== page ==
• osteoperosis
  • predictors
  • survival
  • surgery
  • age

Cite this

Epidemiology and outcome after hip fracture in the under 65s-Evidence from the Scottish Hip Fracture Audit. / Holt, G.; Smith, R.; Duncan, K.; Hutchison, J. D.; Gregori, A.

In: Injury, Vol. 39, No. 10, 2008, p. 1175-1181.

Research output: Contribution to journalArticle

Holt, G. ; Smith, R. ; Duncan, K. ; Hutchison, J. D. ; Gregori, A. / Epidemiology and outcome after hip fracture in the under 65s-Evidence from the Scottish Hip Fracture Audit. In: Injury. 2008 ; Vol. 39, No. 10. pp. 1175-1181.
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T1 - Epidemiology and outcome after hip fracture in the under 65s-Evidence from the Scottish Hip Fracture Audit

AU - Holt, G.

AU - Smith, R.

AU - Duncan, K.

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AU - Gregori, A.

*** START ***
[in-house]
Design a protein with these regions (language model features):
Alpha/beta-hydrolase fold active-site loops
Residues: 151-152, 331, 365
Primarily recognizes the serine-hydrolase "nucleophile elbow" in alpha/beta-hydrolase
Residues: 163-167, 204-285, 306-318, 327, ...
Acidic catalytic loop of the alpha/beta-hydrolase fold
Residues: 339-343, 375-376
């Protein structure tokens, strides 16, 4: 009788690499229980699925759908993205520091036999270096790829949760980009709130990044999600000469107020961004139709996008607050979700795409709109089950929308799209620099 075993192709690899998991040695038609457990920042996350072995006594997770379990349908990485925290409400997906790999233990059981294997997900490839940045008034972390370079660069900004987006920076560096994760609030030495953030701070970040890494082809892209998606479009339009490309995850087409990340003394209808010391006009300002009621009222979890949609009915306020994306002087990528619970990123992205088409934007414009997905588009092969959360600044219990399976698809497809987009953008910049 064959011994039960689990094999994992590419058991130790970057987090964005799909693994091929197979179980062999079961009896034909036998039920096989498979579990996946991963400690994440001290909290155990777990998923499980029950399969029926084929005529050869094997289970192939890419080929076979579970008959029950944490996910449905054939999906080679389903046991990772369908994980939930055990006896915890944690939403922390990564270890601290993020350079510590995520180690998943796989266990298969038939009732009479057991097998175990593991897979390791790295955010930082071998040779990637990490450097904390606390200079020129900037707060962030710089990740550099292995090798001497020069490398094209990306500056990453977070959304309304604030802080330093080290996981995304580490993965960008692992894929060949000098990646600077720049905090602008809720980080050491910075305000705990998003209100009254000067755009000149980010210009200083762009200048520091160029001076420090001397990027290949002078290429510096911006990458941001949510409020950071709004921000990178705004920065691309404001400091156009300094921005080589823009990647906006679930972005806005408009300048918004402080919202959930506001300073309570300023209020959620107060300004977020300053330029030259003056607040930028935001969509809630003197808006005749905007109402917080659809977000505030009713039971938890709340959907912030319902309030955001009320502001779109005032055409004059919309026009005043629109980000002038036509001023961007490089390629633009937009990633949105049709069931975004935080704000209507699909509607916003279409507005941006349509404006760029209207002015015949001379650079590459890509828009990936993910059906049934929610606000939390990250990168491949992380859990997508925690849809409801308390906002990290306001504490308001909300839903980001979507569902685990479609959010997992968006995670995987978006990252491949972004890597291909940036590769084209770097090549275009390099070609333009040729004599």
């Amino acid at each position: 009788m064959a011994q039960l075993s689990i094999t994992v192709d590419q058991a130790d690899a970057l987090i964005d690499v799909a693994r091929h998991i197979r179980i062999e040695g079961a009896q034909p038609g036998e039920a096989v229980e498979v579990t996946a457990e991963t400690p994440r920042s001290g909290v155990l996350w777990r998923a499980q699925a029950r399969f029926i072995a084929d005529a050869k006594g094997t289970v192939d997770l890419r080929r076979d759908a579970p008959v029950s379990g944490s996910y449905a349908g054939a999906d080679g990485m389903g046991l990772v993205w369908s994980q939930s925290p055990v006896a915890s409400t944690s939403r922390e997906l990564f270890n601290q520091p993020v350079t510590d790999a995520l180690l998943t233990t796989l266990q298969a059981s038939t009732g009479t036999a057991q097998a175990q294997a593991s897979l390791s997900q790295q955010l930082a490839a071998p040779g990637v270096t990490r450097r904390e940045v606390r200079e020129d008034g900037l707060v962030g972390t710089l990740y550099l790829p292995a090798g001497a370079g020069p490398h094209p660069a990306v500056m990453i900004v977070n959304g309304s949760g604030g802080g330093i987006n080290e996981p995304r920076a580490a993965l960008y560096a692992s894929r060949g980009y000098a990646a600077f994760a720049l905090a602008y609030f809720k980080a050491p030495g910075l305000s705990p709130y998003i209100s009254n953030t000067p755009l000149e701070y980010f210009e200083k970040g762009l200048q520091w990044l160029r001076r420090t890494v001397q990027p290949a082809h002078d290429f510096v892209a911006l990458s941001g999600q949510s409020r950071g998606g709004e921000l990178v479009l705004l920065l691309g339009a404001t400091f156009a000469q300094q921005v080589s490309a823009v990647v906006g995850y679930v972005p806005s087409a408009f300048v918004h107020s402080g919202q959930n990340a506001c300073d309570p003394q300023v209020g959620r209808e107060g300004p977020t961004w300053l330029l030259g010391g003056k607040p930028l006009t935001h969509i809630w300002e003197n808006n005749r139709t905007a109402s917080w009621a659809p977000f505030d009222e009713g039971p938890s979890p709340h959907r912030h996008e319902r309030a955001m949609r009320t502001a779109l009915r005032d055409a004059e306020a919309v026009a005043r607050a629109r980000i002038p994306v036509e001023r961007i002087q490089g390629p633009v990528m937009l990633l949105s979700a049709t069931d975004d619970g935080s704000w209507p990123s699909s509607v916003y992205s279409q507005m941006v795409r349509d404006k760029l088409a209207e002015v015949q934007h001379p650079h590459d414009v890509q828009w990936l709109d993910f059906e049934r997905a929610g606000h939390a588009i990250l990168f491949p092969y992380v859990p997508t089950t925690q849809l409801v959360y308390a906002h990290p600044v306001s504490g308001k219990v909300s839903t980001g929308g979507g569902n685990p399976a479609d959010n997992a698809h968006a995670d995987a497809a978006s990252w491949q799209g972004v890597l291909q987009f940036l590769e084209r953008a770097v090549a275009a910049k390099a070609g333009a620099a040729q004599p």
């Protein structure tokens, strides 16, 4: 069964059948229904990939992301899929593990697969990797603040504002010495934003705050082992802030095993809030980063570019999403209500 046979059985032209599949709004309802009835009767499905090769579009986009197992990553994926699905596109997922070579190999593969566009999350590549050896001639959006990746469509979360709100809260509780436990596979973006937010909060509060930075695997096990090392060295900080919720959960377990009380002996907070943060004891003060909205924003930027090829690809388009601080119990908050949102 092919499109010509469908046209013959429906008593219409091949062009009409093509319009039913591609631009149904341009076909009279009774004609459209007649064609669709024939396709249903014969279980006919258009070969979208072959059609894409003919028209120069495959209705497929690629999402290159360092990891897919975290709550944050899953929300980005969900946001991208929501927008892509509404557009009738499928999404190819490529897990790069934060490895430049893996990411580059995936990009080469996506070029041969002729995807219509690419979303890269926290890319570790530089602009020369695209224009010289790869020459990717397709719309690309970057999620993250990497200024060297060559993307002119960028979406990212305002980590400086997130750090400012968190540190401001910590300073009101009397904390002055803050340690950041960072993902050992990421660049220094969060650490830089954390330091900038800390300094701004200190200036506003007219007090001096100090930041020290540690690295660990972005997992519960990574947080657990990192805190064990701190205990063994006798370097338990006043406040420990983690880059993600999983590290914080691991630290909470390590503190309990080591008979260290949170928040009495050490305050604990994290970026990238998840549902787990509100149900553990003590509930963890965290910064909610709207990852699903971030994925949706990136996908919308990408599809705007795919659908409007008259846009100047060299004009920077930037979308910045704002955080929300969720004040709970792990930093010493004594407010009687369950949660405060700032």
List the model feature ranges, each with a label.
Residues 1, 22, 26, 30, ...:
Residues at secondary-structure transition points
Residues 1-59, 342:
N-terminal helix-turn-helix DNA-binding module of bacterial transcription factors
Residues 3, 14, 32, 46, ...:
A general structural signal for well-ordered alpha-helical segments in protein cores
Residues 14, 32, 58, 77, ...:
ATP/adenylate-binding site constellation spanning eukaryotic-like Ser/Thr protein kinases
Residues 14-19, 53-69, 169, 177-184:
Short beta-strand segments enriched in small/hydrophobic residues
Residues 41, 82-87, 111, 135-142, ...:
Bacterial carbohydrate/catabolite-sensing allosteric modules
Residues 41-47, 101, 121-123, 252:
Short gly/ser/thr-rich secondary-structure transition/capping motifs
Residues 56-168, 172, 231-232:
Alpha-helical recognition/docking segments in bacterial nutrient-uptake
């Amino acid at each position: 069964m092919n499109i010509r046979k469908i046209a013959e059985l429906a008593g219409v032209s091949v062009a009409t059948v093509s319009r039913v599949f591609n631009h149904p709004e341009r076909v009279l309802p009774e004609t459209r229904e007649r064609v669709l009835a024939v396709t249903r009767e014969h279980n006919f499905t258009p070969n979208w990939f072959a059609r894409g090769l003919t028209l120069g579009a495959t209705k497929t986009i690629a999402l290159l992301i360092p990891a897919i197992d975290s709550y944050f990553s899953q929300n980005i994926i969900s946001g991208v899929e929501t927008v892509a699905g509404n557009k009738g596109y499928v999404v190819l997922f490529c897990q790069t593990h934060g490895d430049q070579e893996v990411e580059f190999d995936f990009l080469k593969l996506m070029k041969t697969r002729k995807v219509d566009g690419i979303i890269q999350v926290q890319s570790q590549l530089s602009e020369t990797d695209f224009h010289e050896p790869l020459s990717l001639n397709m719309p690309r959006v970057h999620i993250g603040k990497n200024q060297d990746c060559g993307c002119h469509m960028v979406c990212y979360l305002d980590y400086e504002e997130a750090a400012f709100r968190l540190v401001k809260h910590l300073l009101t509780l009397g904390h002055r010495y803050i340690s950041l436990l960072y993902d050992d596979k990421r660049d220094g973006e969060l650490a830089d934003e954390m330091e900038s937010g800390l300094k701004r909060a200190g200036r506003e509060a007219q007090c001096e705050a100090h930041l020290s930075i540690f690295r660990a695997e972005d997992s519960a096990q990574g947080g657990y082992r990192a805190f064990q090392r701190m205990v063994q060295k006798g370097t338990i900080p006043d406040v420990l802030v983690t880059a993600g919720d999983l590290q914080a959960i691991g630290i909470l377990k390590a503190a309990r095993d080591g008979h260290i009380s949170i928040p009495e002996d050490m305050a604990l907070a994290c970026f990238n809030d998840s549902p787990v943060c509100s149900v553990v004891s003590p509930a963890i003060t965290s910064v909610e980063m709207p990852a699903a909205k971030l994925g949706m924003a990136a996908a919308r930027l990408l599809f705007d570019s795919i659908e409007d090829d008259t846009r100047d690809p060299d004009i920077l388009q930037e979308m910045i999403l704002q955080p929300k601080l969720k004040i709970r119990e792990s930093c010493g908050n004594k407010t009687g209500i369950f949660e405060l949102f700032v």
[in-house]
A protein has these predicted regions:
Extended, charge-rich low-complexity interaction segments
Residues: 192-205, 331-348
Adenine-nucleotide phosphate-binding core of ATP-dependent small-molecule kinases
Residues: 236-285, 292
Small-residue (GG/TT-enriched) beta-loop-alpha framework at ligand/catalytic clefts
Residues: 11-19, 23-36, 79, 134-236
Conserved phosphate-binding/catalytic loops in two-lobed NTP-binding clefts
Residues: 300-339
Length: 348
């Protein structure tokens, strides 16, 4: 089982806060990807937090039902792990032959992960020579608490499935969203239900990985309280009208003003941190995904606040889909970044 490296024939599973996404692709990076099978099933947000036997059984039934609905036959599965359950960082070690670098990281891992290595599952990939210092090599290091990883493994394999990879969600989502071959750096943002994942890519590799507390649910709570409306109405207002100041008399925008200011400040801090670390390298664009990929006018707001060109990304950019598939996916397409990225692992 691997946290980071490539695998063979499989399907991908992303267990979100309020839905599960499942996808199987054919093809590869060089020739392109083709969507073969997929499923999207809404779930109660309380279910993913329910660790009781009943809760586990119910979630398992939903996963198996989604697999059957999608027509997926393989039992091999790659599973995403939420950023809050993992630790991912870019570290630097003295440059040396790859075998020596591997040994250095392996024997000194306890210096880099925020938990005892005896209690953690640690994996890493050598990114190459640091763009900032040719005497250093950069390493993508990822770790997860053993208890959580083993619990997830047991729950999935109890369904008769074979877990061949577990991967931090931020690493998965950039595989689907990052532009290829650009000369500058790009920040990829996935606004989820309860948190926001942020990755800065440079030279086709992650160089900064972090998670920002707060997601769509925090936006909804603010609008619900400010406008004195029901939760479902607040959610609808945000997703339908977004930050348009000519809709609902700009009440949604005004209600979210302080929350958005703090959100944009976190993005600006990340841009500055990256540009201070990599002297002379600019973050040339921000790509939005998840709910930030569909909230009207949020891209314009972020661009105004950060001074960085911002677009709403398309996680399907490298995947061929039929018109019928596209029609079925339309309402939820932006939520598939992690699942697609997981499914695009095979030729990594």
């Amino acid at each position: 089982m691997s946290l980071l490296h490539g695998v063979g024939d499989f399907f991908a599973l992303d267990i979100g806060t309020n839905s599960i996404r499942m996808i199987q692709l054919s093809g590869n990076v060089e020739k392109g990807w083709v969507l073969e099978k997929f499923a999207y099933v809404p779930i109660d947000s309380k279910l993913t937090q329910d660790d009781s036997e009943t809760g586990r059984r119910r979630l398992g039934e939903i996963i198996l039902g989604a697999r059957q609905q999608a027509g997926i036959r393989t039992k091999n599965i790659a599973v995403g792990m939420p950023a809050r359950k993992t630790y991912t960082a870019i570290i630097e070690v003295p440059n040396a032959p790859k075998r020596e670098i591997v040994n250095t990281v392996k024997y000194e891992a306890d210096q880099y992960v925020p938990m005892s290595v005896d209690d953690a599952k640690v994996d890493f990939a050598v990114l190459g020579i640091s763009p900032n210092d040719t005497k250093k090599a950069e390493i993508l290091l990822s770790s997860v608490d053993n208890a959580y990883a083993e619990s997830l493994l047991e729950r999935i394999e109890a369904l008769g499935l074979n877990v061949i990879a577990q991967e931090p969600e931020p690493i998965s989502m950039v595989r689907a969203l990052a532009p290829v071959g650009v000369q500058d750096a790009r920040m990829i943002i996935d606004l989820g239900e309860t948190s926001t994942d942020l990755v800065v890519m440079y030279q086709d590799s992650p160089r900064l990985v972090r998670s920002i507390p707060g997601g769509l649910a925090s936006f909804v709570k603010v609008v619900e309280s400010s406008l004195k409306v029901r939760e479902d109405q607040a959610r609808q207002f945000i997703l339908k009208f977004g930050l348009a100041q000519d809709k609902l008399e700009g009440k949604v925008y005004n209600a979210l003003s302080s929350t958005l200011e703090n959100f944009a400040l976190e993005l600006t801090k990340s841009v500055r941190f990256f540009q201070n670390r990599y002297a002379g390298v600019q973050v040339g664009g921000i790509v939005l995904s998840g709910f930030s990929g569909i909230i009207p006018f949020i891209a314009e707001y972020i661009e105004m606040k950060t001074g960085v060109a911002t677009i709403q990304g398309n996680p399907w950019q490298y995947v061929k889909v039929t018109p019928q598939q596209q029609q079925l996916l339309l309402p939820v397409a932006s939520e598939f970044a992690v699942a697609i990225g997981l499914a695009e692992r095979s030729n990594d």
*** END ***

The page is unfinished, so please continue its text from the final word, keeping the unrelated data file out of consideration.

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N2 - Aim: To report the epidemiology and outcomes after hip fractures in the patients under 65 years of age.Patients and methods: We performed a prospective, multi-centre observational study using the Scottish Hip Fracture Audit Database. Case-mix, process and outcome data was collected by dedicated coordinators on site at the time of admission, at 120 days after the injury and on any re-operations within 12 months. The study cohort consisted of 1896 individuals aged 50-64 years. Patient variables and outcomes were compared to a control group of 15,461 individuals aged 75-89 years of age. The control group consisted of three modal 5-year age groups centred about a median age of 83 years, equal to the database value, excluding the effects of the extreme elderly who may act as confounders. Outcomes measures included 30- and 120-day mortality, length of hospital stay, place of residence and ambulatory status. A multivariate logistic regression model was used to compare outcome between groups white controlling for significant case-mix variables.Results: Patients in the study cohort presented with Lower ASA scores and were more likely to be independently mobile and live in their own home at the time of fracture (p < 0.001). Pathological fractures were more common in younger patients and accounted for more than 1 in 20 fractures. Mortality at 30 and 120 days was significantly tower (p < 0.0001) in the study cohort, however it was increased compared to age and gender adjusted mortality rates for the general population (p < 0.001) Younger patients were more Likely to recover independent mobility and living.Conclusion: Patients aged 50-64 years have significantly better outcome measures after surgery for hip fracture in terms of survival and function. Such differences exist even after controlling for differences in patient case-mix variables. (c) 2008 Elsevier Ltd. All rights reserved.